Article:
Turn good photos into great photos with depth-of-field

by Earl J Posted on October 02, 2009

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Manipulating the depth of field in your photographs can help in turning good photographs into great photographs. The ability to do this is not limited to advanced digital cameras, either.

I’ll share four of my shots with you and explain how I achieved the results by using aperture controls that most advanced cameras have. I will then show you how to change depth of field even the most basic of point and shoot models.

What is depth of field?  It is the means of controlling how much of the image is in focus from front to back. Whether you use an SLR or a point and shoot camera the below techniques apply.

In my first photo, of the Oregon state capitol, there is great depth of field, meaning that everything in the shot is in focus. Most digital photos look that way.

Then in the next photo we see the same capitol building, but slightly out of focus and thus highlighting the flowers and making them stand out from the softer image of the capitol.  I laid on the ground for this shot, opened my lens in aperture control, and focused on the flowers so the building would become out of focus, on purpose.

In the third photo, I focused on flowers again, with a not as wide lens opening, so the background was just a little out of focus.

Llama Douglas (I don’t know how he got named Douglas) illustrates two things.  I put him out in a natural environment and again wanted the background fuzzy so the toy would stand out. Again it was a wide lens opening with the focus on Douglas.

If you own a point and shoot camera here are a couple of tricks you can use to regulate your depth of field.

In your Scene Selection options, there will be a Portrait mode or, in the case of my wife’s Sony, a Soft Snap mode.  Her manual says “Soft Snap allows you to shoot images with a softer atmosphere for portraits, flowers, etc.”  There will probably be similar information about the Portrait mode in your camera.  Thus you focus on the person or the flower and the background will not be as sharp.

There’s another trick to achieving a shorter depth of field.  You can accomplish that by zooming to the optical maximum, then focusing on the subject.  Again the background will not be as sharp because you have shortened your depth of field when zooming to the optical maximum.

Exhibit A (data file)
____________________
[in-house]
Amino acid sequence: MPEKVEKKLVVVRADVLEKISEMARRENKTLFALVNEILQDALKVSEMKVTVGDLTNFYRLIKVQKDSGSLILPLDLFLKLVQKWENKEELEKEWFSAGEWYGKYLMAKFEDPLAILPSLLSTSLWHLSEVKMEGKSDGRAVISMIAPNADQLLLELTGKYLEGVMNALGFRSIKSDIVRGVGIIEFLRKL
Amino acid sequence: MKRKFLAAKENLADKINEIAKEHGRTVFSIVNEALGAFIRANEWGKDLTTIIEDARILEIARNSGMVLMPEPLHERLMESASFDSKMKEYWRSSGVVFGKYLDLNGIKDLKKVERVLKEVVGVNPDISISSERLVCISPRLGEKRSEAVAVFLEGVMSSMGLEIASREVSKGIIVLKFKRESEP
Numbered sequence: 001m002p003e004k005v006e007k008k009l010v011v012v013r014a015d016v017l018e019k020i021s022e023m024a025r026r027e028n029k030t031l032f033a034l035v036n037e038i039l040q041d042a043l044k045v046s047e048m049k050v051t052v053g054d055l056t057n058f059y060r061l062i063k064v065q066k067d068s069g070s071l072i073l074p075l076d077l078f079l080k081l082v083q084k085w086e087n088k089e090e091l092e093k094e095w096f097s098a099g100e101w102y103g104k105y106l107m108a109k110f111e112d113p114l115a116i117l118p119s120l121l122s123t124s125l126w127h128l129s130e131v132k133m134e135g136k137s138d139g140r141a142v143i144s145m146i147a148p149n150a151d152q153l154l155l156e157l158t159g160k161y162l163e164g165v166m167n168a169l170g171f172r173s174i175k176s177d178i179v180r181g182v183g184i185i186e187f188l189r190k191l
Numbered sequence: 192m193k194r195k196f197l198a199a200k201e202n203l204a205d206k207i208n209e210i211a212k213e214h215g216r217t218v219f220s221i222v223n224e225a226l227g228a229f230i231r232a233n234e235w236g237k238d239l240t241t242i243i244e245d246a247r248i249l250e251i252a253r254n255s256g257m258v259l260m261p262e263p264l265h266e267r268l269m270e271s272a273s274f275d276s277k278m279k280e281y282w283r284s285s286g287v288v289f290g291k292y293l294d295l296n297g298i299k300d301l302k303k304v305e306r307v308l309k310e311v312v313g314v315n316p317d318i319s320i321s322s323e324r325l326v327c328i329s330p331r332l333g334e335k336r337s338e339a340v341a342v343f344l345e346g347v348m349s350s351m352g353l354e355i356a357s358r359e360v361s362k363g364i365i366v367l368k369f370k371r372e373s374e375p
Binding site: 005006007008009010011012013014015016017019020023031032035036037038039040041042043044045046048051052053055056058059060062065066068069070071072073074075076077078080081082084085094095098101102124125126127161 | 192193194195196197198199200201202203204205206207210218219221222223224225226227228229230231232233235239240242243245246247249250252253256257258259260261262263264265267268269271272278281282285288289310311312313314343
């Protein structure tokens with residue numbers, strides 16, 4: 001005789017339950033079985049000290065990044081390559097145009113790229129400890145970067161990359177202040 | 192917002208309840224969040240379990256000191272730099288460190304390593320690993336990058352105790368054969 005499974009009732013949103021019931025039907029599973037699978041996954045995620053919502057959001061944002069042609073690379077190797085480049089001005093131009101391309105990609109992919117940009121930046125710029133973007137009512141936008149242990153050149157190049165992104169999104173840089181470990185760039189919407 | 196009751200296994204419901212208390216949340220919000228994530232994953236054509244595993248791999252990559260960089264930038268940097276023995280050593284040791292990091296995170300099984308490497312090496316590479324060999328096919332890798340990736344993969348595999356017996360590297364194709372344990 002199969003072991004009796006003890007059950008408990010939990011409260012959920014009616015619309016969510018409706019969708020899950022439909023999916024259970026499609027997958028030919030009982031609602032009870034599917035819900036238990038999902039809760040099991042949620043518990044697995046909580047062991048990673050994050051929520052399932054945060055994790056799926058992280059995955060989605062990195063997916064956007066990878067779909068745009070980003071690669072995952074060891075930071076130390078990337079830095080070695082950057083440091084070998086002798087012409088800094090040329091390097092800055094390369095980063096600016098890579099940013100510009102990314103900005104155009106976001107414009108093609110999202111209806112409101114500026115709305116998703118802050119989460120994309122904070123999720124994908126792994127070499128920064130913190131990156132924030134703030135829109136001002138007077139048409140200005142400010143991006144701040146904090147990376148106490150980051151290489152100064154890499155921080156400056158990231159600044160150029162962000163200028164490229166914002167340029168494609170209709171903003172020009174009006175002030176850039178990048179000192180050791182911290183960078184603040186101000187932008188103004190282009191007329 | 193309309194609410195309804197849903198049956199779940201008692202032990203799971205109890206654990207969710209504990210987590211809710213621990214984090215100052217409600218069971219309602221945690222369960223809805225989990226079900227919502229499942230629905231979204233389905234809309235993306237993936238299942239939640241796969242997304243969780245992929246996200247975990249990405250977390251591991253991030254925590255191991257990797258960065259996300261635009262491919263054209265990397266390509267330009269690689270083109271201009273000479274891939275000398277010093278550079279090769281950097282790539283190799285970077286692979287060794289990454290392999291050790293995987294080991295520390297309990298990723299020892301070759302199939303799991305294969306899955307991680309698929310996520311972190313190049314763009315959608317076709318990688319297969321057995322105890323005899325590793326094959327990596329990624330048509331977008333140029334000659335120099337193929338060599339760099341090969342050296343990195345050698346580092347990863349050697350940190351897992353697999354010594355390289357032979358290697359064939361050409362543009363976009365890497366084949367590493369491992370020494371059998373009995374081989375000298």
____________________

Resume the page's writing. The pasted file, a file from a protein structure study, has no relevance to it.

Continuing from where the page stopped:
I wish you great photos,

Earl Johnson

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  1. Ann Abbott Says:

    Your explanation on depth of field and how it can be achieved came across so simple and clear. Thanks Earl for the photography lesson for today.

    Ann Abbott
    Shutterfly Gallery Guru

  2. Joanna T Says:

    Woo-hoo Earl. LOVE this photo lesson. And I think I can manage this w/ my Canon Powershot. I have always wanted to try to get the blurred background. I thought one had to do that by using Macro.

    Thanks Earl.
    Joey
    Shutterfly Gallery Guru

  3. Anita Says:

    Thanks so much for posting your techniques. Your information provides lots of great tips for taking photographs.

  4. CheriL1 Says:

    Great article Earl………thanks for the tips!

  5. Tammy M. Says:

    Thanks for the great tips Earl, really easy to understand.
    TammyM5
    Shutterfly Gallery Guru

  6. conniee4 Says:

    Love your tips! Easy to follow and wow did you educate me! Thank you!

  7. shannonr Says:

    thanks for the tip, I had no clue what the Portrait mode was suppose to be used for beside….taking portraits. This was a very informative article and i will surely put your words to use, thanks :)

more about Earl J

I'm a long-time film photographer, starting with a darkroom in my parents' fruit-cellar when a teen-ager. I fought the change to digital at first, but no longer. I've become a convert and Shutterfly has been my on-line provider since 2002. Since then I've placed (as I write this) 135 orders for prints, enlargements, calendars for every year and 42 photo books in different sizes. I'm very pleased with the top quality of all Shutterfly products.

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